Tricky and unfair costs marred the refinancing of my FHA loan -- and lots of other mortgages, too
As if the high up-front and monthly mortgage insurance premiums weren't enough, the Federal Housing Administration has been systematically overcharging borrowers at the closing table when they refinance an FHA loan.
That has occurred whether it's an FHA to FHA refinance (called a streamline refinance) or an FHA to conventional refinance.
Even savvy borrowers like me weren't aware of what was happening.
I didn't notice it the first time I refinanced my FHA loan. With so many closing costs, it's always hard to tell what's going where.
I did notice it the second time, when my refinance was much simpler, thanks to switching to a conventional loan, but I couldn't explain what had happened until a recent interview source tipped me off.
Joe Parsons, a senior loan officer with PFS Funding in Dublin, California, pointed me to a post he’d written on his blog, The Mortgage Insider, about a sneaky additional cost of FHA loans.
Parsons helped me figure out why I appeared to have overpaid on certain closing costs the FHA charged me.
The first was interest. My loan closed a few days before the end of the month. Instead of paying interest for the number of days I actually had my FHA loan, I paid interest for the entire month.
That cost me about $180.
The second was monthly FHA mortgage insurance premiums.
I had to pony up two months' worth of extra MIPs at closing, seemingly for months when I would no longer have my FHA mortgage. That cost me another $300.
I assumed that my old lender who serviced my FHA loan had made a mistake in calculating these charges, so I wrote a letter asking for a refund.
The lender sent me a poorly designed escrow account statement that failed to clarify anything.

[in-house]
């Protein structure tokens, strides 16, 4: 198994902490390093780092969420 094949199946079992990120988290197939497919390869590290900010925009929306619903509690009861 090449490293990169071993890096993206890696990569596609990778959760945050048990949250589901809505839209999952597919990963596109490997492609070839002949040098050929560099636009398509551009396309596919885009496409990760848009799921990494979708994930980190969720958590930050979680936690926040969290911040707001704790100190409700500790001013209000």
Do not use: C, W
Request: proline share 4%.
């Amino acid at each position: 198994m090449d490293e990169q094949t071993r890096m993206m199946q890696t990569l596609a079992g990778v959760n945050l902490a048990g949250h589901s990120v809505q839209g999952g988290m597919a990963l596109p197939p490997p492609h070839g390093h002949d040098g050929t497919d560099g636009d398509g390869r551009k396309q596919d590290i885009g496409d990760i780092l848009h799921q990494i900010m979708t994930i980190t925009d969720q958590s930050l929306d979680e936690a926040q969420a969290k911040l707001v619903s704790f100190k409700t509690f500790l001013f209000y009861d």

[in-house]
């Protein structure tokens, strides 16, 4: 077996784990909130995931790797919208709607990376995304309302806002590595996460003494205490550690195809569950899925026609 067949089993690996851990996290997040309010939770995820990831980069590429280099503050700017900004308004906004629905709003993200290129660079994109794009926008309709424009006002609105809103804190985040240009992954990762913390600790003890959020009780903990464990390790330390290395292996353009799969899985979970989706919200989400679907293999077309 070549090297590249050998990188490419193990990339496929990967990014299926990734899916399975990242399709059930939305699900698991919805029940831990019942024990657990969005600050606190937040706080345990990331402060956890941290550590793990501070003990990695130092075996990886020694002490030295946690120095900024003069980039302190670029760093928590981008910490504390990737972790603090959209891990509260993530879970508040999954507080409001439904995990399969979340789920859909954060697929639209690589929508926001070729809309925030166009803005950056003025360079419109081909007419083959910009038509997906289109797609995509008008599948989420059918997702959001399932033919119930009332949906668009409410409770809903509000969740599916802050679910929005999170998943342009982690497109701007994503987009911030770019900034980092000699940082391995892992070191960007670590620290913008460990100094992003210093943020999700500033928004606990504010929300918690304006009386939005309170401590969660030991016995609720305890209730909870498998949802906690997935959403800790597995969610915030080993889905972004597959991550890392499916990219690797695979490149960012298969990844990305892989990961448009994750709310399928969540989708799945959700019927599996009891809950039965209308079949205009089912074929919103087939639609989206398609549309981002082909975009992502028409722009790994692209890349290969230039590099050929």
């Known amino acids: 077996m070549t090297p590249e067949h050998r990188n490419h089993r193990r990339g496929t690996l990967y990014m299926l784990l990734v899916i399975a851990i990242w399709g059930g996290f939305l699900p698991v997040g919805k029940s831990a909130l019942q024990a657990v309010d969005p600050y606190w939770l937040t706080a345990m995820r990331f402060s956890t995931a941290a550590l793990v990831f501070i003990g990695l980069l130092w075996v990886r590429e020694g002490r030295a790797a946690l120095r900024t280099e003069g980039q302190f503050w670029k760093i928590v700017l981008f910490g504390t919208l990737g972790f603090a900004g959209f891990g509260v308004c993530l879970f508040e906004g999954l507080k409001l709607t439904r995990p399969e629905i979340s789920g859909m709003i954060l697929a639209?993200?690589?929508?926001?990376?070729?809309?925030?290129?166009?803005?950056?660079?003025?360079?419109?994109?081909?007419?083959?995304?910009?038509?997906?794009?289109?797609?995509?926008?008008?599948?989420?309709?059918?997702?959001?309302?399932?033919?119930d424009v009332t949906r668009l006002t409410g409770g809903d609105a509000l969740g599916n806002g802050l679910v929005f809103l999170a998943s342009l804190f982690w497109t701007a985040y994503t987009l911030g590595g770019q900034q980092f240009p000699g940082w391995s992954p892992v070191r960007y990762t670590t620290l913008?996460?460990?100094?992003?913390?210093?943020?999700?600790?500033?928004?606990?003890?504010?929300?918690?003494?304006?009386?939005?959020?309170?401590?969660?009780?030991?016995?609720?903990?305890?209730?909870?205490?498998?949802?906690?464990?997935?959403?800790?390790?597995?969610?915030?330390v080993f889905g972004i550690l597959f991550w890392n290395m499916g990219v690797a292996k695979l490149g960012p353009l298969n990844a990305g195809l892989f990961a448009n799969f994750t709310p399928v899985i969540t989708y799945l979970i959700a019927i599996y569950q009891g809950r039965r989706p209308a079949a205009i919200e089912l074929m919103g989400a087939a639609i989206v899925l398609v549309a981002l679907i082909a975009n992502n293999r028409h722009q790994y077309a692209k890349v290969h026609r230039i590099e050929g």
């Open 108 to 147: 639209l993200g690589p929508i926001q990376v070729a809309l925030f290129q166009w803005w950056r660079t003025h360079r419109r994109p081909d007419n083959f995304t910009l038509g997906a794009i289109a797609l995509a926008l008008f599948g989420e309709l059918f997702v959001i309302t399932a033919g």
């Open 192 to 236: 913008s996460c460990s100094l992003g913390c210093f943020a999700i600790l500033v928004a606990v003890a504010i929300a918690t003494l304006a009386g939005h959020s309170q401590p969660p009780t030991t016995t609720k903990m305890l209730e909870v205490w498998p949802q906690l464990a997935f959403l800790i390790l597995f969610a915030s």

I sent another letter.
I got an actual letter back the second time, but I was still confused by the response.
Based on my own experience and what I've heard, even those who work in the mortgage industry don't always understand what's going on. There are just too many rules.
So I gave up. I'm self-employed, and sometimes my time is better spent doing more work than chasing lost money.
But a recent press release from the Department of Housing and Urban Development sheds light on what's been going on and says things are going to change soon.
"Borrowers who prepay their FHA-insured mortgages will not have to make interest payments beyond the date their mortgage is paid in full," it says.
This change applies to FHA loans that are paid off on or after January 21, 2015.
Until then, if you refinance an FHA loan, tell your lender at the beginning of the refinance process that you insist on closing on the last day of the month.
Of course, you wouldn't want to be so adamant that you lost out on the best possible interest rate.
But all else being equal, you should try to avoid paying unnecessary interest to the FHA.
Suppose you owe $300,000 on your 30-year, fixed-rate FHA loan that has a 4.0% rate. Right now, if you refinance out of that loan on the first of the month, you’ll still pay a full month’s worth of interest on the loan.
That’s $1,000 in interest for a loan you no longer have, and $1,000 you wouldn’t have to pay if you were refinancing a conventional loan. What a raw deal.
Unfortunately, the new rule doesn't address the excessive charge for mortgage insurance.
“Every FHA loan I have paid off has had two months of MI paid,” Parsons says.
MIPs are paid in arrears, like mortgage interest, so it makes sense that you'd pay one extra monthly mortgage insurance payment at closing — though it should be prorated, like interest.
The second mortgage insurance payment is just a shameless money grab — and one you probably can't do anything about.